Irish Catholic Church in 'terminal decline' after sexual abuse scandals

Irish Catholic Church in 'terminal decline' after sexual abuse scandals
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By Euronews
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Euronews hears about the "catastrophic" impact of sexual abuse scandals in Ireland's Catholic Church.

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Ireland was once regarded as the most catholic Country in the World. That, though, is no longer the case.

Mark Vincent Healy was sexually abused by a member of the Spiritan Order while at school during the 1960s and 70s. He says the sexual abuse he experienced destroyed his life.

“It had a profound psychological effect on me and the way that I made decisions in things that I wanted to do with my life, even more recently and obviously when this matter came forward and it surfaced in my life, everything changed," he revealed to Euronews.

“It’s been now 16 years I have been seeking redress and justice but it hasn’t been an extension of justice for myself but an extension of justice to so many other survivors in Ireland.”

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Mark Vincent Healy in Dublin, IrelandEuronews

A 'catastrophic' impact on Catholicism in Ireland

Weekly Mass attendance which stood at 91% in 1975 was down to 36% in 2016 according to figures from the last Irish census.

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Father John Collins, from the Association of Irish Catholic PriestsEuronews

According to critical members of the Church, there is only one way to sum up the effect that sex abuse scandals have had on Catholicism in Ireland.

“Catastrophic is the, really, the only answer for that," said Father John Collins, from the Association of Irish Catholic Priests. "We always had an issue before the child sexual abuse scandals broke in this country."

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A statue outside a Catholic Church in Dublin, IrelandEuronews

“There was an issue with the Church in a sense that many people who were coming forward [said] that the Church was too controlling and had too much control over their lives and people rejected that,” he added.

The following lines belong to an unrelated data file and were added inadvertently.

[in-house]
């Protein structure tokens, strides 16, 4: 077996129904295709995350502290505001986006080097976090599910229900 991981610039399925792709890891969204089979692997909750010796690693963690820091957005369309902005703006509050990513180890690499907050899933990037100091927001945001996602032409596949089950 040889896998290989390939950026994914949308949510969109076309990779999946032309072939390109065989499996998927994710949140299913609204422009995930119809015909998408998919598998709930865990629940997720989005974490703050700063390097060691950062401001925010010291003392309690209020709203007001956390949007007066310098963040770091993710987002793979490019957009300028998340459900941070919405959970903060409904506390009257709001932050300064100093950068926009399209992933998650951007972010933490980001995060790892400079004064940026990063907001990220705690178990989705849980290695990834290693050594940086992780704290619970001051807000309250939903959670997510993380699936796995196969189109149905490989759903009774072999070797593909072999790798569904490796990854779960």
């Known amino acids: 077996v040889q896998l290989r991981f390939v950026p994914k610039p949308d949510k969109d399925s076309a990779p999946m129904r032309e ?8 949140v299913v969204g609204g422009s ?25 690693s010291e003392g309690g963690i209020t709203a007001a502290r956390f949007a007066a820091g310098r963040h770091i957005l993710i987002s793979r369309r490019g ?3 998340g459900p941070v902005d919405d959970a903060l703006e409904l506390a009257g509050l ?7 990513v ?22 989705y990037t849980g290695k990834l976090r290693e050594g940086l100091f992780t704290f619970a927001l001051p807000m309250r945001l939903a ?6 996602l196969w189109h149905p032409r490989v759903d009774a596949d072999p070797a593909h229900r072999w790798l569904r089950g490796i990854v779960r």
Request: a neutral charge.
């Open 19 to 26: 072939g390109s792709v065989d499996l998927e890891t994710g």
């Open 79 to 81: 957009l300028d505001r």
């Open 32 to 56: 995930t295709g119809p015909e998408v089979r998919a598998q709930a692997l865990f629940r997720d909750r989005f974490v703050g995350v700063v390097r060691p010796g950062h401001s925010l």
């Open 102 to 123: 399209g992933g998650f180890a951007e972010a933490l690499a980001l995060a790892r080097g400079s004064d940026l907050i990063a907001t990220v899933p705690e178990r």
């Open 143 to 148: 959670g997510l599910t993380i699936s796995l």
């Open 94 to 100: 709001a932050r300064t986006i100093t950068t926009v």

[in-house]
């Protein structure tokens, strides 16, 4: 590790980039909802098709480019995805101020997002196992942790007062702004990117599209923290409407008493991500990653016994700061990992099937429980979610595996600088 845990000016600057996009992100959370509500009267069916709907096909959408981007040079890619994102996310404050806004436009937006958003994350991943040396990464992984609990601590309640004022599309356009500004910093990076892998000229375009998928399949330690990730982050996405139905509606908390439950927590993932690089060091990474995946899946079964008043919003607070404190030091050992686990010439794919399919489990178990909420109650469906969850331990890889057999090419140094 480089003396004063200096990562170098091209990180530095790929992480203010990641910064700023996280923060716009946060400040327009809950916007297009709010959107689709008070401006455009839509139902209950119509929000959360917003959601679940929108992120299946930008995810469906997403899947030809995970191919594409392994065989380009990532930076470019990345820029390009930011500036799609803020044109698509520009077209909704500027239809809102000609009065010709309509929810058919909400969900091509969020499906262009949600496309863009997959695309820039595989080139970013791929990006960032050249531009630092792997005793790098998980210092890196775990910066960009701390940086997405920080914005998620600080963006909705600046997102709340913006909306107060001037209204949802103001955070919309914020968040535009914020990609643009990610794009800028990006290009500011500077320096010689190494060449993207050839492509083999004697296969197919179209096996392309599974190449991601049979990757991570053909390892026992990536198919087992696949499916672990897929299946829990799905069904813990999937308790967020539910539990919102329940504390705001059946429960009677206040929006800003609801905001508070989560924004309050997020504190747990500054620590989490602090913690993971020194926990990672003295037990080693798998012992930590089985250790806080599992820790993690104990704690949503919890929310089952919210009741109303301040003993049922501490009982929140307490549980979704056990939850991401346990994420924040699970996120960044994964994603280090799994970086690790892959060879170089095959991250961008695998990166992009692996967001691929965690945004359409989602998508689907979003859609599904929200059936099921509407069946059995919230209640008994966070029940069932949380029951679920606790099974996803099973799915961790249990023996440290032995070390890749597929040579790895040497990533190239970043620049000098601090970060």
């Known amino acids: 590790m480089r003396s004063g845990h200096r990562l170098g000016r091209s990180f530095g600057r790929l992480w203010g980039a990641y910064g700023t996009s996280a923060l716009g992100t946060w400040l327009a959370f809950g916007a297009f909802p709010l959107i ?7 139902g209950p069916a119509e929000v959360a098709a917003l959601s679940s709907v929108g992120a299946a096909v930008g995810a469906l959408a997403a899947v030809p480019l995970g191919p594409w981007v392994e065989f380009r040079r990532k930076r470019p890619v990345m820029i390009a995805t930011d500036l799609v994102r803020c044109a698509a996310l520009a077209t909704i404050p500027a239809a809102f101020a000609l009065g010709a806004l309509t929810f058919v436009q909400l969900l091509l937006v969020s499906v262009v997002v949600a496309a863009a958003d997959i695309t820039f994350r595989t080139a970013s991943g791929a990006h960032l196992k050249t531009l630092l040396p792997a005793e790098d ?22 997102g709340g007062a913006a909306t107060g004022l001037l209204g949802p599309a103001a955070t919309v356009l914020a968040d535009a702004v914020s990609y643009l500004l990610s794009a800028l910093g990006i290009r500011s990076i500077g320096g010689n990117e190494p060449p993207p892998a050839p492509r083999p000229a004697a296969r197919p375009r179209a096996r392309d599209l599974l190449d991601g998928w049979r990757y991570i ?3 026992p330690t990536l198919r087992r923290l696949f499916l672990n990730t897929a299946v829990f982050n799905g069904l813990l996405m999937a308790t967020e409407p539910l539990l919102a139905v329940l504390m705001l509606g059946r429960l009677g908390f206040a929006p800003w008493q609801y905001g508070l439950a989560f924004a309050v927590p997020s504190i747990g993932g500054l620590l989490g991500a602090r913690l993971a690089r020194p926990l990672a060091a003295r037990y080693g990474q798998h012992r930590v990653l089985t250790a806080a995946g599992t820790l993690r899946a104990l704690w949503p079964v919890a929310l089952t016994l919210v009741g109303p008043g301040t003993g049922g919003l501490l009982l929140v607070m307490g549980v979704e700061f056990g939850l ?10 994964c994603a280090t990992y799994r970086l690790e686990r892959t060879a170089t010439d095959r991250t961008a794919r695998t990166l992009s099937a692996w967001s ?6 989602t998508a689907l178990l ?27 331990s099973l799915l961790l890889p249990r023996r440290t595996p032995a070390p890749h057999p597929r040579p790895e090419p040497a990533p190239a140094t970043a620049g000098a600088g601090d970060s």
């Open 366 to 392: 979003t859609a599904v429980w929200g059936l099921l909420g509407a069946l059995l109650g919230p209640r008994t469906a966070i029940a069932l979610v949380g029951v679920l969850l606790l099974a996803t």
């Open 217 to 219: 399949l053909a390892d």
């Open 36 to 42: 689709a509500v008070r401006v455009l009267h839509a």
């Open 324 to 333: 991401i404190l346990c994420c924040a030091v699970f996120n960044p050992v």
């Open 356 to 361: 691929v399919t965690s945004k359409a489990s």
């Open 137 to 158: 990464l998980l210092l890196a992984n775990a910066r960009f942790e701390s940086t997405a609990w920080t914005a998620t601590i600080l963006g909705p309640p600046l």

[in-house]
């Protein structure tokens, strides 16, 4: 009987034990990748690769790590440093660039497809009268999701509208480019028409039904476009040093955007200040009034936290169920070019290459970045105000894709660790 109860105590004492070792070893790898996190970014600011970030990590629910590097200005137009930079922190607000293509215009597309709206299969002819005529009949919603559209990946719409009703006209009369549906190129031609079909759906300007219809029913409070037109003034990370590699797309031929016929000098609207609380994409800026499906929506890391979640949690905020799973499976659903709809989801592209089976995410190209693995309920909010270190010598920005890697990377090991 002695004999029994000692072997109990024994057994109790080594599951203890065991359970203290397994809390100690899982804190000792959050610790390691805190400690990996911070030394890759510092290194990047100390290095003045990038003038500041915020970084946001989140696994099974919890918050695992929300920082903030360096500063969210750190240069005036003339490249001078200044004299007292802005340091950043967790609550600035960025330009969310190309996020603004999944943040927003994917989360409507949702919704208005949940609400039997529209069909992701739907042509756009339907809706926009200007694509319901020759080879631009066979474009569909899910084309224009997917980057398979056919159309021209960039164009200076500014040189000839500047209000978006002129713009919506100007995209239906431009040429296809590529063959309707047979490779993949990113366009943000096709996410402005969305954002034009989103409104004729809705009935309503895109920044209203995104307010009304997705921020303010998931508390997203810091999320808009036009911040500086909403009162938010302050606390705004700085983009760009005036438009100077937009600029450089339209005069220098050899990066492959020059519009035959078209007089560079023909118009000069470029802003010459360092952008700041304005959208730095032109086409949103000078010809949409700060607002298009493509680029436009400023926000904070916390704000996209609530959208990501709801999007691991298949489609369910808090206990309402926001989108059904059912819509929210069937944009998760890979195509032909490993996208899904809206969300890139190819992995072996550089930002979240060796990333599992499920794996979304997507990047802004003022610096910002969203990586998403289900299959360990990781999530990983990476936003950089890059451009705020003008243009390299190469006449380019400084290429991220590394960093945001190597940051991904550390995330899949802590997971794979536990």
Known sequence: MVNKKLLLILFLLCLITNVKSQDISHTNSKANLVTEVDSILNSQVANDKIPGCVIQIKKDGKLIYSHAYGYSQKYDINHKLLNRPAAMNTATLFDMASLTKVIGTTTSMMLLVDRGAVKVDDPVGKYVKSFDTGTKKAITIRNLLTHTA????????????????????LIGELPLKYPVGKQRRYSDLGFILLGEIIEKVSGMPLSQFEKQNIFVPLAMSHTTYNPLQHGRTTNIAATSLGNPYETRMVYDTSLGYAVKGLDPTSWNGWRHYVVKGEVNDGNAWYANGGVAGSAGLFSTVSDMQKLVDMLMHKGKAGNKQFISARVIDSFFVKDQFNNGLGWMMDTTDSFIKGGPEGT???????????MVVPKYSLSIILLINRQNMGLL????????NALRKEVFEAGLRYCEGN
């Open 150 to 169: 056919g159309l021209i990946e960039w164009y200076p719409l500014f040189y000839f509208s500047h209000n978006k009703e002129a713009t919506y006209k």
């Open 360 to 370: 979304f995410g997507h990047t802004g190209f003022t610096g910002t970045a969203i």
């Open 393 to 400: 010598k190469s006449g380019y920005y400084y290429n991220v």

The behaviour of the Church in resisting to pay compensation and behaving as if nothing had happened has in the words of one catholic commentator, been detrimental to the Church in Ireland.

“The sex abuse scandals have been absolutely devastating for the Church, not just the actual abuse itself which of course was horrific for the victims, but the fact that when the victims came forward, when they spoke to those in leadership positions within the Church, they were ignored, they were told that they were making it up, it was minimised consistently,” explained Michael Kelly, editor at the Irish Catholic Newspaper.

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Michael Kelly, Editor of the Irish Catholic NewspaperEuronews

The Catholic church in 'terminal decline'

The percentage of Catholics in Ireland is now just above 70% but falling. The average age of a priest in Ireland is now 70.

While sex abuse scandals have done huge damage to the institution in Ireland, it and a host of other factors suggest the catholic church is going to have to change just to hold on to what it has.

Euronews
Patsy McGarry, Religious Correspondent at the Irish TimesEuronews

Patsy McGarry, Religious Correspondent at the Irish Times told Euronews "The catholic church is probably in terminal decline in Ireland but it’s not entirely due to the sex abuse scandals - though they have contributed enormously to what was a trend there anyhow since the late 1960s since free education was introduced into this Country."

By all accounts, the Catholic church in Ireland is in serious trouble. The feeling is that unless the Vatican modernises or changes the rules very quickly, the church in this Country will effectively cease to be in the years and decades to come.

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